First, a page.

Her lips formed an 'o' of realization. He was searching for immortality.

...Among other things, yes.





The steady tick of a clock and the scent of old leather filled the small office, its walls hidden behind heavy bookshelves and neat stacks of papers. Everything was arranged precisely, so much so that it appeared as though very little was ever moved, a fact confirmed by the presence of a downy layer of dust on every horizontal surface. Exactly three feet from the wall farthest from the door, a dustless mahogany desk sat, bathed in the dim light of a lamp, also dustless. Behind it, the trim, soap-scented scientist perched on the edge of his seat, staring blankly at a hair that he held between two trembling fingers. He'd been sitting like that for a while.

The door banged open and a man in his early thirties flounced in, followed by two grinning lads in their late twenties. Leaning against one of the bookshelves, they laughed and smiled and broke the sacred silence just as easily as the light from the hallway had broken the dimness of the room. Say you're coming out with us tonight, mate. Say it. You're well on your way to become a boring office lackey if you don't.

The man behind the desk looked at them with tragic eyes and a bleak smile. Not tonight, boys. I'm … I'm feeling my age. He sighed, rather melodramatically, and a small crease appeared on his forehead as he knit his eyebrows.

The others exchanged an incredulous glance. You've got to be bluffing, mate. You're what – thirty-something? The first man who had entered the room laughed. What's brought you down? Wordlessly, the man behind the desk held out his hand, eyes averted. The three stared at the hair for a brief moment and one smirked, snorting. The first to enter smacked his friend before returning his attention to the man behind the desk. What's that you've got there?

My first grey hair.

The man who had clasped his hands to his heart snorted and excused himself from the room before coming completely undone in the hallway. His laughter leaked uncomfortably under the gap beneath the door and into the office, causing the two remaining guests to pale. If it's any consolation, I found my first grey at age eleven, the first man ventured, his voice tense and quiet. An uncomfortable silence fell, broken only by the helpless laughter of their friend on the other side of the door. After a few moments, the first man cleared his throat and motioned to his remaining companion. Grasping the door handle, he managed a weak smile and shook his head. Maybe next time, mate. Feel better.

The door shut with a snap and the silence and darkness returned. With a flash of irritation, the man behind the desk realized that he'd accidentally dropped his first grey hair and would have to continue his brooding without it. The mist bottle rested on the corner of his desk and, as he stared at it, it occurred to him that death was a disease too.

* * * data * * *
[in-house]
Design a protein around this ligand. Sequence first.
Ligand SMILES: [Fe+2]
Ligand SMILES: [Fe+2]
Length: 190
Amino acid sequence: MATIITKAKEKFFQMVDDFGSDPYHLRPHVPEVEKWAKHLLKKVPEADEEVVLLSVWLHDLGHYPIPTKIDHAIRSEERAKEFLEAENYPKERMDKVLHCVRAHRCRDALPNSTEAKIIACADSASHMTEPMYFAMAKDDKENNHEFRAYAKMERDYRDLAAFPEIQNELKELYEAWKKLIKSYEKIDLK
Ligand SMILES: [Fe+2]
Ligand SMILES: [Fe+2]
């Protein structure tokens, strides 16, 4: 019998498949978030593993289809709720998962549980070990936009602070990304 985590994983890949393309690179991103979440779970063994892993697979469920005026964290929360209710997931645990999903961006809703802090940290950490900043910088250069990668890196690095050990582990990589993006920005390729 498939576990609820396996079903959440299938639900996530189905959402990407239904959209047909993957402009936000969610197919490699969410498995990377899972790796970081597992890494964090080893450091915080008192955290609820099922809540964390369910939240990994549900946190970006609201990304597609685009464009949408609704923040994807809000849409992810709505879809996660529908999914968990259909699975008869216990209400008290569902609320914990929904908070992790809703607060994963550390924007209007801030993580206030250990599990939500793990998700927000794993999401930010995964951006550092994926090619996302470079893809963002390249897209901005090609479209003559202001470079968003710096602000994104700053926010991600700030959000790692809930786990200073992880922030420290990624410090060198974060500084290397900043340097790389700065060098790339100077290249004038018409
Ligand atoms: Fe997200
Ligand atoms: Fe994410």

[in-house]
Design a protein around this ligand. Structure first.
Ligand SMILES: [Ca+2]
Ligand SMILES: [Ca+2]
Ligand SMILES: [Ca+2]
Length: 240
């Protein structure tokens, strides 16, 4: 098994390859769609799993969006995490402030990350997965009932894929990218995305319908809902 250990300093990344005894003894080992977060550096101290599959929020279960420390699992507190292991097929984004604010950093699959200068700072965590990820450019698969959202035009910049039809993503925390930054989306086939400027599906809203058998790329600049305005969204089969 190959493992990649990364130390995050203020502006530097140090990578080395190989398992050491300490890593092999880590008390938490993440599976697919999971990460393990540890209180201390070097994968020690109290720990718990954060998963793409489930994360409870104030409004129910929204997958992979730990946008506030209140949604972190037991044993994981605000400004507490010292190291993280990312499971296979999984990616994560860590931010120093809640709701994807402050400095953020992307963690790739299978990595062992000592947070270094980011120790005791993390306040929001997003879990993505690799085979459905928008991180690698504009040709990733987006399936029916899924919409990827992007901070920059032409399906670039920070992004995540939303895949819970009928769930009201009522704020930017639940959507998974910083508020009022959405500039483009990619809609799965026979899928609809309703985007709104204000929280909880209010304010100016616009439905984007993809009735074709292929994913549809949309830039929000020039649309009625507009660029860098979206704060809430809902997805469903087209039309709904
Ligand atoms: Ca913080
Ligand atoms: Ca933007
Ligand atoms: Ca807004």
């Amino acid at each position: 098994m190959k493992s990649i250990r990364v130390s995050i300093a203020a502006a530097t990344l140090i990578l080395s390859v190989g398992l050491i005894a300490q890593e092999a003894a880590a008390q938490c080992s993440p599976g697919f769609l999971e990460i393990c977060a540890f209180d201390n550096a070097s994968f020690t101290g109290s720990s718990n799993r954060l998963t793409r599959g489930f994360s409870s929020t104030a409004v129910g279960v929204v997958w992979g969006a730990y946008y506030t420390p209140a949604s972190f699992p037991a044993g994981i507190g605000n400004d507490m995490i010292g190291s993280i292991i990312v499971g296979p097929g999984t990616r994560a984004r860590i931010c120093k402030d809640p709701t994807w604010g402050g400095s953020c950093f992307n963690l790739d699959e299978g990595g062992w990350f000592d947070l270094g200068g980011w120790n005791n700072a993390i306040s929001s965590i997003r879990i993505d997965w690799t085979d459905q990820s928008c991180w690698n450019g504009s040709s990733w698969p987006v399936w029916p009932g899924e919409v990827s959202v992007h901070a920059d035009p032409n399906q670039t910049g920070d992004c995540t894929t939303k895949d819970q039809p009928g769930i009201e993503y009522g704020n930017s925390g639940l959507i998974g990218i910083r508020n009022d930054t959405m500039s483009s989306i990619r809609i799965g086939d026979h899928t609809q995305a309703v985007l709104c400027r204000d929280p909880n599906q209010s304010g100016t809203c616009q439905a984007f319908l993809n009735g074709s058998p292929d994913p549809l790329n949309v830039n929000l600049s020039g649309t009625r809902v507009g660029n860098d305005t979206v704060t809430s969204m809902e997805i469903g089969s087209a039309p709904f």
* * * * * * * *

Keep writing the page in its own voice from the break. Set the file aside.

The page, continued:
It was bigger than it looked from the outside. The stairs led down to a lower floor that, while dusty and slowly returning to a natural state, was much better preserved than the cabin above ground had been due to the use of concrete and glass for construction rather than wood. Though the electricity had long since gone off, skylights up through the ceiling created a dusky twilight in the hallways and rooms that they passed, light enough to walk by, though not much more.

Later, where are we going?

He turned, his sweeping antlers sliding against the ceiling with an angry, rasping screech as he did so. I want to look around. His voice was quieter now, less agitated, and with a timid tone that she hadn't heard before.

Unsettled, Nora reached and put her hand on his shoulder, resting it between his shoulder blades. Even though it was impossible for him to actually feel it there, given her current state, he gave her a cursory look of irritation. And why are we here? She waited, but he didn't respond, instead looking straight ahead down the hall, unmoving save for the slight motion of his breathing.

Moments passed, unbroken by noise or motion, before he simply began to walk again, his head ducked slightly to avoid dragging his antlers on the ceiling.





His head was pounding, a sort of dull ache that fell between his eyes and his ears and pulsed there like something living. It didn't hurt so much as it was a distraction, which he couldn't afford at this moment – not when he was so close. He bent over the lab bench, chair ignored, placing the strain of his posture in his neck and lower back and relying on the burning ache of his cramped muscles to keep him awake. It had been nearly four days since he last slept.

Vaguely, he heard the door opening and shutting again, heard his name, but it didn't register as important. He watched the distillation as the voice went on and on in the background, buzzing in his ear like a fly. His head jerked as his neck relaxed – he'd come close to falling asleep – and a hand grabbed his shoulder, spinning him around. Are you listening to me? His coworker looked at his disheveled appearance, from his uncombed hair and stubble to the stains on his pants, and wrinkled his nose. Good God, man, you look like death warmed over. When was the last time you slept? Or showered, for that matter?

I'm … too busy … the scientist slurred vaguely, struggling to keep his eyes focused. Just a bit … a bit tired … I'm must done. Almust. Almost done. Done.

The look on the other scientist's face told him that it hadn't been convincing. Reaching over, his coworker cut the gas to the Bunsen burner and grabbed the scientist's shoulders, gently guiding him out of the laboratory and down the hall to a row of offices before his delayed protest made its way past his lips.